My Heart My Mother

We started working on music yesterday, and it’s gorgeous.  It turns out this cast can sing.

Our sound designer/ composer is the gifted Phillip Owen, who also created music for 2010’s Measure for Measure at Opera House Arts.  So I’ve gotten to sing and play some fiddle on his music before, and it’s a treat to be working with him again this year. Especially after hearing the ensemble tackle a few of the compositions he’s created for us. The style in which he’s composing is Sacred Harp Singing, a shape singing tradition with roots in 18th-century English parish music and the American south. The genre is new to me, so I consulted the internets and came across this description by a Sacred Harp singer: “this 3- or 4-part music did not imitate European musical tastes of the time but instead exhibited a stark, rugged, and often lively style representing a fusion of elements of Anglo-Celtic folk music with those of medieval to baroque European church music.”  …Ummm, yummy.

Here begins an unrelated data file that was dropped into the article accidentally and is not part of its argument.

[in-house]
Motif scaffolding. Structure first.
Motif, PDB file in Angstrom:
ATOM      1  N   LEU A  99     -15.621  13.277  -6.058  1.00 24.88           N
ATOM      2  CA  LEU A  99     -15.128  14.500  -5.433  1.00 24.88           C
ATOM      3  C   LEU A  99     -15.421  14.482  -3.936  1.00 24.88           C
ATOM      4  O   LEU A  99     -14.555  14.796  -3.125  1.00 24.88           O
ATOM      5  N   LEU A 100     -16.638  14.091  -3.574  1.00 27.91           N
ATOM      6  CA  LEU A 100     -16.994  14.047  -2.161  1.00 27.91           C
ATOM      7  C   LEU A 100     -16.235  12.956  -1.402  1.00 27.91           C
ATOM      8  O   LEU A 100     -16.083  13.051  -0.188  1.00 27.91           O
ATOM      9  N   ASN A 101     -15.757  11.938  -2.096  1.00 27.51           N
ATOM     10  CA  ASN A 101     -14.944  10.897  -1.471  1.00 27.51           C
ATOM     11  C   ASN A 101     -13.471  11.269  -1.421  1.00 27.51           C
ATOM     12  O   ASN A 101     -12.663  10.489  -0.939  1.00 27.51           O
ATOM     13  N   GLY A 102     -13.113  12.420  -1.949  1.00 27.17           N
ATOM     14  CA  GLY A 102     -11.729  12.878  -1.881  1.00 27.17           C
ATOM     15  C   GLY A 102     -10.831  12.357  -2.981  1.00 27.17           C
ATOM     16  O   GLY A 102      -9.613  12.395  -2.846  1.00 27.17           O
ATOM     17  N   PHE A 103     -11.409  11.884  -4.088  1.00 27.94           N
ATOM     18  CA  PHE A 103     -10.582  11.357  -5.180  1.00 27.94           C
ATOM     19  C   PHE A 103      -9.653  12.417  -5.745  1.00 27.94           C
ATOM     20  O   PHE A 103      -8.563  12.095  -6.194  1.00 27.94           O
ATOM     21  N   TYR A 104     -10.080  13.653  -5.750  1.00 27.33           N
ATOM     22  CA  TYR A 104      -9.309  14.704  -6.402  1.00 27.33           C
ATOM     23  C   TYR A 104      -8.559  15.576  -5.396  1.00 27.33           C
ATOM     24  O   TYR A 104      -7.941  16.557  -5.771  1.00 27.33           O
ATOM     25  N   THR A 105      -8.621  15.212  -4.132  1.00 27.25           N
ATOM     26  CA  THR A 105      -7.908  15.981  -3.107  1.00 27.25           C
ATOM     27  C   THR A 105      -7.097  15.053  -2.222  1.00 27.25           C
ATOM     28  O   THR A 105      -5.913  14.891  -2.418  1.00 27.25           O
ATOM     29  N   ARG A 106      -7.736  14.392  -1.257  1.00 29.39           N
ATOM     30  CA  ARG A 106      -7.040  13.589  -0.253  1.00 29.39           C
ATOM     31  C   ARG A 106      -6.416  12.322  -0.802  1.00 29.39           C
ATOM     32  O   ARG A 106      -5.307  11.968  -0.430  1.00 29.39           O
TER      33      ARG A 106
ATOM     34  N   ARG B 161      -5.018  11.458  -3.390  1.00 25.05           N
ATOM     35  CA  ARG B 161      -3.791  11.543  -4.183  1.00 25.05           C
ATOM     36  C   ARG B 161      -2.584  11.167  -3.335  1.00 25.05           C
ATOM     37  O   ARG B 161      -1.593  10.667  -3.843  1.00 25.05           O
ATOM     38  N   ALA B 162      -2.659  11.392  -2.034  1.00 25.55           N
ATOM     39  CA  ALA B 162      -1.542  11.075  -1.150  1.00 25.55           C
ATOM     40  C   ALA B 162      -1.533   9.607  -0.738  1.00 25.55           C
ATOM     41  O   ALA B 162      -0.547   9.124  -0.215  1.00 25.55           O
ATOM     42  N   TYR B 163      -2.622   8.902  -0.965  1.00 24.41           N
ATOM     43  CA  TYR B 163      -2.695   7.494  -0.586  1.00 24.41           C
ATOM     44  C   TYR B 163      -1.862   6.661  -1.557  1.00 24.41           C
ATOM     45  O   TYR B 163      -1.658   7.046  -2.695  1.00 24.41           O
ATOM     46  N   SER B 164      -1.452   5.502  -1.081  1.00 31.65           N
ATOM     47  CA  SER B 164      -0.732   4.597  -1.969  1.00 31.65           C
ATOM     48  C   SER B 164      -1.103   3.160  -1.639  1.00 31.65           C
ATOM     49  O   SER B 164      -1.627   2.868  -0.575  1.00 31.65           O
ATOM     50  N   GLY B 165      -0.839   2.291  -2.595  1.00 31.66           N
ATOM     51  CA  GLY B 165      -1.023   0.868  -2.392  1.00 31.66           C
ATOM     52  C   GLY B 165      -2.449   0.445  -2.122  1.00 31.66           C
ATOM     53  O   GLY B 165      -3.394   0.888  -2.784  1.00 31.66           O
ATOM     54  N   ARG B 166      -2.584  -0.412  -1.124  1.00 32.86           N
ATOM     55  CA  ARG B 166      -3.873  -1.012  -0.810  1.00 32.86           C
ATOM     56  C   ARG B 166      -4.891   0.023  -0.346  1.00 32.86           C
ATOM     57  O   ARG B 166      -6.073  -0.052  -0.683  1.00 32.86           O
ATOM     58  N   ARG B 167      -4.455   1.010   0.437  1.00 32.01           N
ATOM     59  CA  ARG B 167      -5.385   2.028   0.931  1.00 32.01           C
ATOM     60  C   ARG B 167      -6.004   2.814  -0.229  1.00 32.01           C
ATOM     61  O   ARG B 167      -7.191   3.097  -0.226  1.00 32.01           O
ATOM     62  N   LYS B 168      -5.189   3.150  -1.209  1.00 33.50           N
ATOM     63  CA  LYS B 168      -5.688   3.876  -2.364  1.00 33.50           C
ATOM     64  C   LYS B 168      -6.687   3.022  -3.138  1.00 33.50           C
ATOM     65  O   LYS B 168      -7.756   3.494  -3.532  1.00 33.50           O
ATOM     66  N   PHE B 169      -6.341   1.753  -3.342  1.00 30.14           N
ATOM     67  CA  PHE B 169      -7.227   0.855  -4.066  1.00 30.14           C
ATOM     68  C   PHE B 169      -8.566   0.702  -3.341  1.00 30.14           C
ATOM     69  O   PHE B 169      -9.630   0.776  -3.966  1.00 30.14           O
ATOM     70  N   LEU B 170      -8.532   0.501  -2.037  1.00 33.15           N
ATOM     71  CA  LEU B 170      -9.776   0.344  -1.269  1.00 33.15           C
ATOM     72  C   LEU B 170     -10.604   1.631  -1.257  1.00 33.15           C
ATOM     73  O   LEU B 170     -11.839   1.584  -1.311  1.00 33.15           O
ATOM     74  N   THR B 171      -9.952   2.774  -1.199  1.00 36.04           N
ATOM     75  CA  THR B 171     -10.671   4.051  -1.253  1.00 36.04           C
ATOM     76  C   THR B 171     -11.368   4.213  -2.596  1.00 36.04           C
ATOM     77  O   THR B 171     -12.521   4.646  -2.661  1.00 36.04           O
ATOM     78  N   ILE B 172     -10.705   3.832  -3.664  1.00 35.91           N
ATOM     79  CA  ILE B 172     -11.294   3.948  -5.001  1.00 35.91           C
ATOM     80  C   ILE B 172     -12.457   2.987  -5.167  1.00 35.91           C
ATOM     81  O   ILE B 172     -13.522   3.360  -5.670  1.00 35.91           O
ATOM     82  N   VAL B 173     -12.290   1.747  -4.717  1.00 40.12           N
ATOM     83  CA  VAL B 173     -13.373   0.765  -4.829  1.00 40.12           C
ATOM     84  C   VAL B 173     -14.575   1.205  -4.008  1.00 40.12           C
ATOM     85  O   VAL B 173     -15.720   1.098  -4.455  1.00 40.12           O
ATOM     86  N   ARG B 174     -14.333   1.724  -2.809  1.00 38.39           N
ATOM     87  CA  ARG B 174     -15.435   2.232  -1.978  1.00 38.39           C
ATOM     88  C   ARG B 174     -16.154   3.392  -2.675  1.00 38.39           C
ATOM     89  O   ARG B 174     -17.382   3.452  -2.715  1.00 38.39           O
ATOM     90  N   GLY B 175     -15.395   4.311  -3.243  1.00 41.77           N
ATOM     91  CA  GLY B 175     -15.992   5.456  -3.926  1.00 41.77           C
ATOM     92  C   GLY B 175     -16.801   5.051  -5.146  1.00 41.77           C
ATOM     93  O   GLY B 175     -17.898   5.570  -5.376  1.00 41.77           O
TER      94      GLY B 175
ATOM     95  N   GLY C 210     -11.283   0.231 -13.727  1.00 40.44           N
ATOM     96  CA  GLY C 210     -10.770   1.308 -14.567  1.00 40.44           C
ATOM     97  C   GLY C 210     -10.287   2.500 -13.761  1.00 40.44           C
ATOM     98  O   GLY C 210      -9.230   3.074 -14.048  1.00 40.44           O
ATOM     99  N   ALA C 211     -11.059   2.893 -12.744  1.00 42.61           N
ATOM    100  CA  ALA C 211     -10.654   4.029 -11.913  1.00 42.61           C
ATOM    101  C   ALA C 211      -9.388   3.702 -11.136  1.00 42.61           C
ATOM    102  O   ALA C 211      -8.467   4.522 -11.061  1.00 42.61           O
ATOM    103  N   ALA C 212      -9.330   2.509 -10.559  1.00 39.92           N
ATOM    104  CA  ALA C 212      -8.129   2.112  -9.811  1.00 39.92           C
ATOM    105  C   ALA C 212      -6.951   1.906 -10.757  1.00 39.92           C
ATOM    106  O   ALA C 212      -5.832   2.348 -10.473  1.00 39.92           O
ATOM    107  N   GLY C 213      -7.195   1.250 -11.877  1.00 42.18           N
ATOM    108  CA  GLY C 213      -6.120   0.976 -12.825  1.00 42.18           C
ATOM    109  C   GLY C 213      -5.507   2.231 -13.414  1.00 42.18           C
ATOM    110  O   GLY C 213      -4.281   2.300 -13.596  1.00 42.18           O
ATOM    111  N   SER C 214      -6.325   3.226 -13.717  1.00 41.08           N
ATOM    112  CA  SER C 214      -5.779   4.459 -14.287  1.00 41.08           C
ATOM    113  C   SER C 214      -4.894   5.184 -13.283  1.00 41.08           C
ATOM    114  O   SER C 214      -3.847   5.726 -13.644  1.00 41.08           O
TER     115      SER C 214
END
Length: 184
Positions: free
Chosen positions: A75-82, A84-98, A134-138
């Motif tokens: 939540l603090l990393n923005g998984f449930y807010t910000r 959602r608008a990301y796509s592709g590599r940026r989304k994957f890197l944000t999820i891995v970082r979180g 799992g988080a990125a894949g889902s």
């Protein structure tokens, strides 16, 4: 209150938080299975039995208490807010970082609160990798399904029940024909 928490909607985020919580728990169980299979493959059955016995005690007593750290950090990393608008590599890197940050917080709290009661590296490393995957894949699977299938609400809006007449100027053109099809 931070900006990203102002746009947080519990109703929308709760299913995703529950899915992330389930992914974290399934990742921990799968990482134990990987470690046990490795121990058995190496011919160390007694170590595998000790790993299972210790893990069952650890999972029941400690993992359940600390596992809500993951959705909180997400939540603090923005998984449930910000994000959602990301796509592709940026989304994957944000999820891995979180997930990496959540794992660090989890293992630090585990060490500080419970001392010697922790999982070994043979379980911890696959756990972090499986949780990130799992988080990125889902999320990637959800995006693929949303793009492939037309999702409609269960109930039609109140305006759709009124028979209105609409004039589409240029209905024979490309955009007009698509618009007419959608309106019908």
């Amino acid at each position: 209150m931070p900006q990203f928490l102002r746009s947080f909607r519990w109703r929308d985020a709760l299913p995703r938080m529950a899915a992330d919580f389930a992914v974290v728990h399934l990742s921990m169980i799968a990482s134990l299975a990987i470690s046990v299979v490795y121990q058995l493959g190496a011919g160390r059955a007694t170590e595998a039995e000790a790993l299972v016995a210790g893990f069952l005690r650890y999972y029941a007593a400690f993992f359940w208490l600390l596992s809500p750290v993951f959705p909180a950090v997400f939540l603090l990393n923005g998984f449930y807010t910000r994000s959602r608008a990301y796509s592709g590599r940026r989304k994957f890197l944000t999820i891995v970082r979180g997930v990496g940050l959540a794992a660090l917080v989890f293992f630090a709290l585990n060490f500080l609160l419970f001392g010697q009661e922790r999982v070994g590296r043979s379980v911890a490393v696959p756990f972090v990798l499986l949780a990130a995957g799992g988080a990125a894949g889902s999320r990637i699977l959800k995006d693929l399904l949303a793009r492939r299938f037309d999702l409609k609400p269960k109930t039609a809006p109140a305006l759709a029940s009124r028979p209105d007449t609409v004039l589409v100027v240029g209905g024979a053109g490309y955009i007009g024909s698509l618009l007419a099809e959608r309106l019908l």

The music we sang today was just delicious.  It hovers in the air of memory between the church choirs of my Catholic childhood and some rough medieval magic chant.  And here’s where it gets really exciting:  the text that we’re singing in this evocative form is all from the Egyptian Book of the Dead.

My heart my mother,

My heart my mother,

My heart my coming into being!

Are you tantalized yet?

You go in through the Disk.

You speak with the Disk.

You speak with the shining ones

I am the Sun’s eye,


I am in my egg,

In my egg.

I make my nest in the limits of heaven.

You are in the Sun’s eye

When it closes.

Come join us in our Egypt on the hill in Stonington!